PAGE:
Job is a lifestyle for bicycle messengers
Free-spirited couriers hard at work on dangerous
The Edmonton Journal, July 02, 2004
Janet French, With files from Archie McLean and Dana
EDMONTON - In his hometown of Lausanne, Switzerland,
bike courier Raphael Faiss has delivered everything from documents to a
thermos full of eyeballs labelled "human transplant."
But Faiss has put his courier business on ice for a few
days to defend his title as the world's top cycle messenger in Edmonton
Nearly 300 bike messengers from 17 countries will streak
around the city this weekend at the world championships to showcase the
skills they practise on the job daily: weaving around obstacles, carrying
parcels and struggling to stay upright on two wheels.
Faiss said his job, where he rides as much as 200
kilometres a day, is a blast compared to being stuck in a cubicle.
"I think it's a lifestyle. Waking up in the morning
and feeling like you care about your environment. You feel good doing
that," he said. "You feel like you're getting fit all year long.
You're outside. You're independent. Each day is different."
The 25-year-old said bike messengers in North America,
who are often cursed at for weaving around people and traffic to deliver
their goods on time, don't get as much respect as their colleagues in
"Here in North America, I think being a messenger
is tougher. People are more independent. They have to work on their own.
They have to struggle all day. I know some couriers from Toronto who (don't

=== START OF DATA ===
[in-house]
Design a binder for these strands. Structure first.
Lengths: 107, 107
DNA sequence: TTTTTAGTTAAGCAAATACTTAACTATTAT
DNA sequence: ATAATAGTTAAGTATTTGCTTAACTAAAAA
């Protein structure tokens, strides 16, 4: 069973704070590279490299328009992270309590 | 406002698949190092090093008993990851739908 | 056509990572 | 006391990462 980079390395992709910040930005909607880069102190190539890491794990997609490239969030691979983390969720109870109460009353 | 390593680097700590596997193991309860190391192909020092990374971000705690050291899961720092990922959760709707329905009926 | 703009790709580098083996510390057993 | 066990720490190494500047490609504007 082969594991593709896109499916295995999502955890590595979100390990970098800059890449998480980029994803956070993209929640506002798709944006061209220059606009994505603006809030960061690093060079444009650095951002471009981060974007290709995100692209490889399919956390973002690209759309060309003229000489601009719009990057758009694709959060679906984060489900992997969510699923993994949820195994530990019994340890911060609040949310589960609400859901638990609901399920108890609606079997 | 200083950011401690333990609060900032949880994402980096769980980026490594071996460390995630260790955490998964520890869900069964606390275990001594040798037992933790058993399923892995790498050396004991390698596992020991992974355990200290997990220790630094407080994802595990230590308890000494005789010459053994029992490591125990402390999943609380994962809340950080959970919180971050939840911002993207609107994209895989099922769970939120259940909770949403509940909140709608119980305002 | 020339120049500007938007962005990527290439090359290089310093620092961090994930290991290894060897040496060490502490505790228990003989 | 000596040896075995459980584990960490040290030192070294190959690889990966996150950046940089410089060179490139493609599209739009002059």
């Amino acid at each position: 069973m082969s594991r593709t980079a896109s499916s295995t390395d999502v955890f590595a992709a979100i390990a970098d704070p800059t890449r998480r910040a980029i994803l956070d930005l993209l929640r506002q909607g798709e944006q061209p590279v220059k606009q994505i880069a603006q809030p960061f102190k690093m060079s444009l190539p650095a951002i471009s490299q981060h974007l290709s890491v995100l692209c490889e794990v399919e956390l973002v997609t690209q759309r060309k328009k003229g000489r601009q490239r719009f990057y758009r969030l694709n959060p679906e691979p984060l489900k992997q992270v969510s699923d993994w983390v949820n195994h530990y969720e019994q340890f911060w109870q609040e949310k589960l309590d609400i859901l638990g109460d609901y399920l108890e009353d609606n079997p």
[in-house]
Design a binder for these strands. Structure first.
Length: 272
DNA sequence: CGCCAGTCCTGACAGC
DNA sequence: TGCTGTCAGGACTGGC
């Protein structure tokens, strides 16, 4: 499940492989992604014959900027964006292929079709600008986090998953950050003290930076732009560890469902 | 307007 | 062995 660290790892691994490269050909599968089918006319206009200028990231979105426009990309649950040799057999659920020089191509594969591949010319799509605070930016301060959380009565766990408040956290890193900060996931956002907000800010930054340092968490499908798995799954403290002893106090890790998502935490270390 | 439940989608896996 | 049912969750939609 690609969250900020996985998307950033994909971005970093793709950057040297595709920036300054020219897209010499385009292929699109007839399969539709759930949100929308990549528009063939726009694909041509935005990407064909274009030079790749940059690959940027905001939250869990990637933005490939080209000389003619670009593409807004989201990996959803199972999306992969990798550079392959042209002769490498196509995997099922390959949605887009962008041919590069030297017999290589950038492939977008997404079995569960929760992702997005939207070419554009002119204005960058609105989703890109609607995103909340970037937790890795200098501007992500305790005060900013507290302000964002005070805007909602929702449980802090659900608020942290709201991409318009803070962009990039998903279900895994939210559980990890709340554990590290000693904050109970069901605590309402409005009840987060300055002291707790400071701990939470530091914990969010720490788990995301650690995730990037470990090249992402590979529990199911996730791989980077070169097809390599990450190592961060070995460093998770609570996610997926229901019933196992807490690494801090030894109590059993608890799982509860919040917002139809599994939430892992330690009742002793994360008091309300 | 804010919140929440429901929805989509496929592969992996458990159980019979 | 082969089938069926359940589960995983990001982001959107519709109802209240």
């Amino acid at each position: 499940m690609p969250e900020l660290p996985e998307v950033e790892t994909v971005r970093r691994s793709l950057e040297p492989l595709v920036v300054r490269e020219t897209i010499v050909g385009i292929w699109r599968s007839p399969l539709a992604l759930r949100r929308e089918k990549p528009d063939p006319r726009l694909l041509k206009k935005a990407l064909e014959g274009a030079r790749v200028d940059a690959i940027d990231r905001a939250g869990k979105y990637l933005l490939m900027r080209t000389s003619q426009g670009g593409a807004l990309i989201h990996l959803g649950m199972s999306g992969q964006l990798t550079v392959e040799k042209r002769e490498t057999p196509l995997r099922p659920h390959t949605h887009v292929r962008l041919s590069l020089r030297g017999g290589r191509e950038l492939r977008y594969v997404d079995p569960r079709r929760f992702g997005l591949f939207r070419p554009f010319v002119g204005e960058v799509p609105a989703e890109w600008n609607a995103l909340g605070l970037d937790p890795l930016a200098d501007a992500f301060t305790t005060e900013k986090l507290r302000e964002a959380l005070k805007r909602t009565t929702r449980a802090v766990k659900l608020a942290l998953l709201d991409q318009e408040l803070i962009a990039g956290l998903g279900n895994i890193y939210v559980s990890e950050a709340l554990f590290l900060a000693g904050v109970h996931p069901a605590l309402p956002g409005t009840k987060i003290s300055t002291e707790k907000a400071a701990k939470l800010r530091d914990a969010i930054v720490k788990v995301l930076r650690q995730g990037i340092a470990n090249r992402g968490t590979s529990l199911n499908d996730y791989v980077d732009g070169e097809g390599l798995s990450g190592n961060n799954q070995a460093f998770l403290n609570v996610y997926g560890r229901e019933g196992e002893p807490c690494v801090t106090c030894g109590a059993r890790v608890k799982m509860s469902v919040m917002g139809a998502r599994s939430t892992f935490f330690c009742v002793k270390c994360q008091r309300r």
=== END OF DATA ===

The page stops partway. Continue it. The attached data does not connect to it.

have much) to eat at the end of the month. And that's not too easy, I
Biker Bill Thain, head organizer of the 12th annual bike
messenger event, said Edmonton is the smallest city to ever host the four
days of intense biking and hauling. Competitors are surprised at how quiet
Edmonton's streets are, he said.
"Downtown busy traffic is all they know. When they
ride here, they have people yielding for them, and they just giggle,"
The events are a chance for bike messengers to network
and turn their careers into a competitive sport for fun, he said.
It's also a chance for the bikers to improve their
reputation by showing off their skills.
Jean Valery, president of the bicycle messenger
emergency fund in Sarasota, Florida, said most bikers aren't intentionally
aggressive. They're just trying to get their jobs done on time.
"We need to shine a new light on who and what
bicycle messengers are," said Valery. "It's not 'rebel without a
But there are perks to the job, too. Riders develop a
kinship with others in their field, said Faiss.
"If you are a messenger, you can go everywhere and
meet messengers. You always have a place to sleep and you have people to
meet. Even if you don't know them, you are a messenger. You share that with
Faiss, who has competed in the last three world
championships, said there are no prizes for winning the competition, only
the opportunity for new friendships. But kicking butt isn't bad either. He
said he has enjoyed being a champion for once in his life.
He'll be racing after his title once again on Sunday at
Louise McKinney Park.